Fake defection

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Fake defection, often referred to as a "provocation"[1] or "dangle" in intelligence circles, is a defection by an intelligence agent made on false pretenses. Fake defectors (who may be referred to as "plant"s) may spread disinformation or aid in uncovering moles. The risk that a defection may be fake is often a concern by intelligence agencies debriefing defectors.[2][3]

Examples of Soviet defectors that some sources have considered fake include Oleg Penkovsky (considered fake by Peter Wright and James Angleton[4]) and Vitaly Yurchenko. Examples of US fake defection operations include Operation Shocker.

In fiction, examples of fake defection include The Spy Who Came in from the Cold (1963 novel and 1965 film)[5] and Torn Curtain (1966 film).[6]

References[edit]

  1. ^ Roy Pateman (2003), Residual Uncertainty: Trying to Avoid Intelligence and Policy Mistakes in the Modern World, University Press of America, p190
  2. ^ Vladislav Krasnov (1985), Soviet Defectors: The KGB Wanted List, Hoover Press, Chapter 8: "Spy and Fake Defectors"
  3. ^ "...the redefector - and certainly the fake defector who returns - must be considered as an very effective weapon that can paralyze the opponents' services for a certain length of time and possible can cripple their morale." - Federal government's handling of Soviet and communist bloc defectors: hearings before the Permanent Subcommittee on Investigations of the Committee on Governmental Affairs, United States Senate, One Hundredth Congress, first session, October 8, 9, 21, 1987, Volume 4, p550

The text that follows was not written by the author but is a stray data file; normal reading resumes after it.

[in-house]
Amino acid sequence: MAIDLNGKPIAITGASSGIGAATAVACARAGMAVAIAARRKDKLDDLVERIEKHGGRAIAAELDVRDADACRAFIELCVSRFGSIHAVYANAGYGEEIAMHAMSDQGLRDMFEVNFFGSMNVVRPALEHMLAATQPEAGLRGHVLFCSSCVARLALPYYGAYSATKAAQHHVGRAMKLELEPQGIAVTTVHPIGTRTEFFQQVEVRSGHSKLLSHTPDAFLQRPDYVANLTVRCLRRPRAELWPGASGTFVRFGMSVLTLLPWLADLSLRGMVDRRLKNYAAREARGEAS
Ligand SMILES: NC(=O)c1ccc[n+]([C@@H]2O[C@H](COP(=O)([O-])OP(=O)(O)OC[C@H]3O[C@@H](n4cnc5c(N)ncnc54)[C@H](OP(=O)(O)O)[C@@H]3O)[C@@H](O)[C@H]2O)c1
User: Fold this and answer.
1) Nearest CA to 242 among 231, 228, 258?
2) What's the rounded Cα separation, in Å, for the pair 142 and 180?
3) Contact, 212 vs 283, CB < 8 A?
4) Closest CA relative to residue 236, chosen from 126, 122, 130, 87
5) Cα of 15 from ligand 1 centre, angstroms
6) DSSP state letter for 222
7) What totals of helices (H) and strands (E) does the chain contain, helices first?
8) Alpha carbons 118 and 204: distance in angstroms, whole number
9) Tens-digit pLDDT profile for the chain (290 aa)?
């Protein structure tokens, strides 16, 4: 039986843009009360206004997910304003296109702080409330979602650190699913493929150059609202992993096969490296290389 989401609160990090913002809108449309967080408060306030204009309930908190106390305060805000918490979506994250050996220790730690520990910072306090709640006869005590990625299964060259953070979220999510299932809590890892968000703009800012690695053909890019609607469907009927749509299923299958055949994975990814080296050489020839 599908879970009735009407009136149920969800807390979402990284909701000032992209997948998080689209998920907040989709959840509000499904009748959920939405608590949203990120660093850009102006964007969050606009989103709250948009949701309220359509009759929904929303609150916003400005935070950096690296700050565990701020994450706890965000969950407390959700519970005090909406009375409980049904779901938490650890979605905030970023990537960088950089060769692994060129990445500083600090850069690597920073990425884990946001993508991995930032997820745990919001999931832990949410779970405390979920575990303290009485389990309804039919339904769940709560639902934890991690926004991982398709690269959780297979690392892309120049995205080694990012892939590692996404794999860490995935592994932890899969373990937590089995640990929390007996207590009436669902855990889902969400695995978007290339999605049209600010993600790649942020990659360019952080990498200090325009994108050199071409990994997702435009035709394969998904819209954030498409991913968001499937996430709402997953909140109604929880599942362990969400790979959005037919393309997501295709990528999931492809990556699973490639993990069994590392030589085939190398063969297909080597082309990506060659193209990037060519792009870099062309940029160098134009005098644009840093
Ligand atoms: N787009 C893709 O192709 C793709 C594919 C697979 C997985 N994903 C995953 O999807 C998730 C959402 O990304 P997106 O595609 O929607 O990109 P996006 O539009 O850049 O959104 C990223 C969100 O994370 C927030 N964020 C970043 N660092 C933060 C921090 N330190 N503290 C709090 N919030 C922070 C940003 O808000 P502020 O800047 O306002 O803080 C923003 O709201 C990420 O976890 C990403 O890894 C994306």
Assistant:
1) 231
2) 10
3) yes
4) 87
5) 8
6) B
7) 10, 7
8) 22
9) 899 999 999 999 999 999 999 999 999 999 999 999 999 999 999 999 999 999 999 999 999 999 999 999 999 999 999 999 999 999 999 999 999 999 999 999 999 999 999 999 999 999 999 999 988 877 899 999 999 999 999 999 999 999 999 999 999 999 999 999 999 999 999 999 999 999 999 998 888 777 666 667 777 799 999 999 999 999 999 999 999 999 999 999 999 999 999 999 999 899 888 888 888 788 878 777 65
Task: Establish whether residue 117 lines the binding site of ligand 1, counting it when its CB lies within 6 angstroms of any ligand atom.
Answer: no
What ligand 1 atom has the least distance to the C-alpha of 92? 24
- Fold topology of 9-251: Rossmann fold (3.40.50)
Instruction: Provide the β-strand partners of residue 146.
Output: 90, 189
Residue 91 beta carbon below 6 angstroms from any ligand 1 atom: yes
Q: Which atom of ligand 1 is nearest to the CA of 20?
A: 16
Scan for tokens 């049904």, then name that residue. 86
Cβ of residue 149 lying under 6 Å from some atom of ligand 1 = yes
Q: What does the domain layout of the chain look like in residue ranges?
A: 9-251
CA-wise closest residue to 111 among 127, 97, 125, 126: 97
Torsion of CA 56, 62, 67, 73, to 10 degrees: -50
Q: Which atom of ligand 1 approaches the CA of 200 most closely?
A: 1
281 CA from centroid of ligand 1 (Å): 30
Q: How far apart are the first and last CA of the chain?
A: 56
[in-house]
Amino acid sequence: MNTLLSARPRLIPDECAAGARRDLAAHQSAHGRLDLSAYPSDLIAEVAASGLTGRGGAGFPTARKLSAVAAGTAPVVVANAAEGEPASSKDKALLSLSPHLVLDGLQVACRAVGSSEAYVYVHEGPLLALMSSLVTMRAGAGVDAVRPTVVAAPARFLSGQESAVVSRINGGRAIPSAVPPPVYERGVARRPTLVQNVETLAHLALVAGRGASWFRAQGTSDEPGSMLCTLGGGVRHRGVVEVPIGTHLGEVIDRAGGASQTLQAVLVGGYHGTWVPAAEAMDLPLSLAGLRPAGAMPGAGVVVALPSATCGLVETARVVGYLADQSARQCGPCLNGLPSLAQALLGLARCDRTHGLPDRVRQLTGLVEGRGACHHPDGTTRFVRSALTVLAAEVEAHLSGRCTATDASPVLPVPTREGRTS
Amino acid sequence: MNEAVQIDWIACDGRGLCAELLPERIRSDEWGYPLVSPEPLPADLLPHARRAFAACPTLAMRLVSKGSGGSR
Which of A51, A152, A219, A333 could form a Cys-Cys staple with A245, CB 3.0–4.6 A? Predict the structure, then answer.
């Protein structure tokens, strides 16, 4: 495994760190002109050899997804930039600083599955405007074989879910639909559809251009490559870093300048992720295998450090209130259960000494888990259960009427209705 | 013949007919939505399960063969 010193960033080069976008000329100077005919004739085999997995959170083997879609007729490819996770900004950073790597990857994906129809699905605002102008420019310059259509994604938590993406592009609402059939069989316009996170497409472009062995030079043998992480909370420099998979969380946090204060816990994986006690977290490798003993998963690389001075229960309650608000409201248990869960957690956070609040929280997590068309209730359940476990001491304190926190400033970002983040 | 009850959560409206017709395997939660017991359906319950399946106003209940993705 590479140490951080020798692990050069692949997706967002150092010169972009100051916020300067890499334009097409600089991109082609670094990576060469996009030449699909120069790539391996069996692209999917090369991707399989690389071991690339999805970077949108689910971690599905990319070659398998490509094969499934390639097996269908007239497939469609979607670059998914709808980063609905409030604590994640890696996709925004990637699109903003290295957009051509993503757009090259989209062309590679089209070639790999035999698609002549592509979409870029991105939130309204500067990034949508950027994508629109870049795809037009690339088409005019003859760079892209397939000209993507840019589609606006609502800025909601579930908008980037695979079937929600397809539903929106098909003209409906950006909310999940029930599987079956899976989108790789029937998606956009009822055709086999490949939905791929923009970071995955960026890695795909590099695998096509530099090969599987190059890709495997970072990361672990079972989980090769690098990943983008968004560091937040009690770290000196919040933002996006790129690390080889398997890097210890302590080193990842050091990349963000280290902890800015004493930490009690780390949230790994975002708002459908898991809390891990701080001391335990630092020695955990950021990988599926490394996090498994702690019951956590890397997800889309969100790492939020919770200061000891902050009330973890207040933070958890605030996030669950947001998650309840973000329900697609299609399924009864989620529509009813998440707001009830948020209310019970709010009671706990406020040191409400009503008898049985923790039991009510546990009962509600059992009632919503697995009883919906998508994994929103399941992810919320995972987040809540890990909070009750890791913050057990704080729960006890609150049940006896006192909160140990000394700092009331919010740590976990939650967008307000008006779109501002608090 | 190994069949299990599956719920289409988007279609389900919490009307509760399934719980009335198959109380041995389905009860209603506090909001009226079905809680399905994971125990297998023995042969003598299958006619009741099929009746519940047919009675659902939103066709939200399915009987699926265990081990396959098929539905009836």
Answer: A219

4. ^ Roy Pateman (2003), Residual Uncertainty: Trying to Avoid Intelligence and Policy Mistakes in the Modern World, University Press of America, p16
  5. ^ John Orr (2010), Romantics and Modernists in British Cinema, Edinburgh University Press, p63
  6. ^ Carl Boggs (ed. 2003), Masters of War: Militarism and Blowback in the Era of American Empire, Routledge, p325